A Federal judge has just approved Volkswagen’s settlement over the recent vehicle emission’s scandal. Under the terms of this settlement—valued at $14.7 billion—Volkswagen has agreed to collaborate with US car owners to either buy back, directly, the affected vehicles or to repair the vehicles affected by the scandal. This will involve paying owners as much as $10.033 billion; and the carmaker must also pay the United States an environmental remediation penalty worth nearly $5 billion.
Announced Tuesday, it is still a tentative deal but US District Judge Charles Breyer did say that he found it to be “fair, adequate, and reasonable.”
The next step, then, is for the roughly 475,000 Volkswagen owners in the US to choose choose between returning the vehicle for a refund or to have the error repaired for free (with additional compensation). As such, VW will begin administering the settlement as soon as possible, as they have already tasked several hundred employees to begin handling the process.
Breyer comments, “The priority was to get the polluting cars off the road as soon as possible. The settlement does that,” adding that even “under heightened scrutiny” this deal is quite appropriate.
Those who opt for the buyback could receive between $12,475 and $44,176, which includes restitution payments. The variance will depend on the mileage of each vehicle. Those who opt instead for a fix (and compensation) can find a shop approved by the US Environmental Protection Agency. These owners will receive compensation payouts between $5,100 and $9,852, with the variance depending on the car’s book value.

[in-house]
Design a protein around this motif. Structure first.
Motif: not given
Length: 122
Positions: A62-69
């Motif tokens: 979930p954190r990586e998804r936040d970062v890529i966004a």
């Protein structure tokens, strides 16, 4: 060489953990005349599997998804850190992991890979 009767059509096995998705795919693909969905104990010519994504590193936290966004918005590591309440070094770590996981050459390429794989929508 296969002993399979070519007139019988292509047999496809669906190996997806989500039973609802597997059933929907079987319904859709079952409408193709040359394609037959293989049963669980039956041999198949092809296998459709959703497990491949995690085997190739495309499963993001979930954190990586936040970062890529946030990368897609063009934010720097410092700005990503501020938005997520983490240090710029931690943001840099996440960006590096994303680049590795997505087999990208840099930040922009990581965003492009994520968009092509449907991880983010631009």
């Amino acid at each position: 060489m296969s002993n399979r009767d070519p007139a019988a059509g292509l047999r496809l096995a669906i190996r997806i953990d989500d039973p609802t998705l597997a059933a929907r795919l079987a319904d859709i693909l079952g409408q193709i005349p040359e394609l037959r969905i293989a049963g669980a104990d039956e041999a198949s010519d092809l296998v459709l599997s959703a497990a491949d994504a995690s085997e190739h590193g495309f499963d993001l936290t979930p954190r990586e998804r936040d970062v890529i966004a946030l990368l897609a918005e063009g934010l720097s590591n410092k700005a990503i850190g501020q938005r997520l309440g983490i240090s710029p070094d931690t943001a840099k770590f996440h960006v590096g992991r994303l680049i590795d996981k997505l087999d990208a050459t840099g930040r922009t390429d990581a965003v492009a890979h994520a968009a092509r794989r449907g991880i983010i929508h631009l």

In addition, Volkswagen will also have to pay $2.7 billion for environmental mitigation as well as another $2 billion for clean-emissions infrastructure (making up the second $5 billion in penalties).
In all, VW’s settlement payout is one of the largest in corporate history, perhaps only exceeded by the $246 billion settlement between the tobacco industry and the United States (in 1998) as well as the $38 billion BP Plc spent, so far, on the Gulf of Mexico oil spill, from 2010.
Accordingly, St. John’s University law professor Anthony Sabino, of New York, says, “VW got itself in a lot of trouble on both sides of the Atlantic, basically lying to a host of governmental regulators, its ultimate customers and its many dealers in between.” Also an expert on complex litigation, Sabino goes on to say, “They’re not getting off cheap, but they’re stopping the bleeding.”